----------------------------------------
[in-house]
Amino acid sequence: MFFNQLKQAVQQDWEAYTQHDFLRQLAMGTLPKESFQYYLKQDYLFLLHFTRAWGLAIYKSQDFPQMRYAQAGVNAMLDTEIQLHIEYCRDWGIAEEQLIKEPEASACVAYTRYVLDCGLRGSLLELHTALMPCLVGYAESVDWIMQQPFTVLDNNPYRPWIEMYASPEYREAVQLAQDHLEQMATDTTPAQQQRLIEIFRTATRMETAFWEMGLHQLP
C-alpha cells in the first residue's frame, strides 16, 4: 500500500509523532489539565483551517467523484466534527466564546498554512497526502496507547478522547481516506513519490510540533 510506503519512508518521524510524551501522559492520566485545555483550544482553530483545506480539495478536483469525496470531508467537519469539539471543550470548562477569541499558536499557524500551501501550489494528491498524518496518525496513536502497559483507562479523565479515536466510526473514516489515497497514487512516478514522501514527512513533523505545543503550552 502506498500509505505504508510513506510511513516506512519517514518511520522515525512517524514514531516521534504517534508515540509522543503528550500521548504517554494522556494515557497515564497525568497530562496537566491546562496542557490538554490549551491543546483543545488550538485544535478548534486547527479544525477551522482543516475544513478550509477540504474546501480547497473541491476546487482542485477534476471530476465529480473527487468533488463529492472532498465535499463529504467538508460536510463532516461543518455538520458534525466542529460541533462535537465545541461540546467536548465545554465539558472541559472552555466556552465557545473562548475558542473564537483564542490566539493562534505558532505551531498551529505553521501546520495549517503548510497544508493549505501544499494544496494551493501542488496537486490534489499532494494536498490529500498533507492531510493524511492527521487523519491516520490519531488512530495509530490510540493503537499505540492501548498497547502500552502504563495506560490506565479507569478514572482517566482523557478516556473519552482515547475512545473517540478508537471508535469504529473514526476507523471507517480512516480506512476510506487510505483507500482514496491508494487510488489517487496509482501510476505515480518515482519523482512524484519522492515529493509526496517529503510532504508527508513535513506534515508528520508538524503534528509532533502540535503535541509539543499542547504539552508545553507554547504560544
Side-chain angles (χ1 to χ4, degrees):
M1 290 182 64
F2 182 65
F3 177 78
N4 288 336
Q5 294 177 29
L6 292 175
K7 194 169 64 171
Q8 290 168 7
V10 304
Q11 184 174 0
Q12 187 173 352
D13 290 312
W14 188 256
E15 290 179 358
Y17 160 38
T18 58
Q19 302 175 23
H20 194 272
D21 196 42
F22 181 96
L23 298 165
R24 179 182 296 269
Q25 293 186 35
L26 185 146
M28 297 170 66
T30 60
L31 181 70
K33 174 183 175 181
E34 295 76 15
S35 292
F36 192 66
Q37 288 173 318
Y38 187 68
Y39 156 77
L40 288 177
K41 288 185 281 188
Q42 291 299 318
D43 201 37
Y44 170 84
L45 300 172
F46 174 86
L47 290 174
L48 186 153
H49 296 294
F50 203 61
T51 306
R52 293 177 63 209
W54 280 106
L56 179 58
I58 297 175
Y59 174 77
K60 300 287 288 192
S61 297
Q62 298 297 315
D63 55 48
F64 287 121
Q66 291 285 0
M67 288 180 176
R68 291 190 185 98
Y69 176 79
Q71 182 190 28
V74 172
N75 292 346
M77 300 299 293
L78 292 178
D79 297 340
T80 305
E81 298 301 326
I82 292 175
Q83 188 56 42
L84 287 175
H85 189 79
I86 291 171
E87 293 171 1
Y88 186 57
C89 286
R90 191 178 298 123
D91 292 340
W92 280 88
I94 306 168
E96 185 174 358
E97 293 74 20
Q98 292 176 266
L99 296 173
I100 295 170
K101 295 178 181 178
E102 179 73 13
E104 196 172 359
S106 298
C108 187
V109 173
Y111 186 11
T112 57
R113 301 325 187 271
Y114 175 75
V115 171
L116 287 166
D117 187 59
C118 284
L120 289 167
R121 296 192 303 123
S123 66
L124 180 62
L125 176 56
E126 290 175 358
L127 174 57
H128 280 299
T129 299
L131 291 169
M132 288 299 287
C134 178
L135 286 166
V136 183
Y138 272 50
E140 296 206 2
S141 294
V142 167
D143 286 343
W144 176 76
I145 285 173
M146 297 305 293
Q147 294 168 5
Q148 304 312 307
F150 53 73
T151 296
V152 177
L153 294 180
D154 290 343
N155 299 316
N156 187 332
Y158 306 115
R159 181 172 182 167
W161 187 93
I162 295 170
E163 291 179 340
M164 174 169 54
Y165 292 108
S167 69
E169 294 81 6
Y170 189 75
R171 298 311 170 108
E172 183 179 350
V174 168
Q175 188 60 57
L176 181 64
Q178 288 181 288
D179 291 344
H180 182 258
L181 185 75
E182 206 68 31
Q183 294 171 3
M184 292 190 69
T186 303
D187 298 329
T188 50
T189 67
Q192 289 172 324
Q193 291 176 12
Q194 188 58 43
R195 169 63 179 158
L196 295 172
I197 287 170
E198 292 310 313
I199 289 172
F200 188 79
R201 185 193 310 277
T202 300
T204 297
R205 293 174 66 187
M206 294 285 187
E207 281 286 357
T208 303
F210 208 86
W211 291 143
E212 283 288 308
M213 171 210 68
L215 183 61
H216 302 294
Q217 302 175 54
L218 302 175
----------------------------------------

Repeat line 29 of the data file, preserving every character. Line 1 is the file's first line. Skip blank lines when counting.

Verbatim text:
M28 297 170 66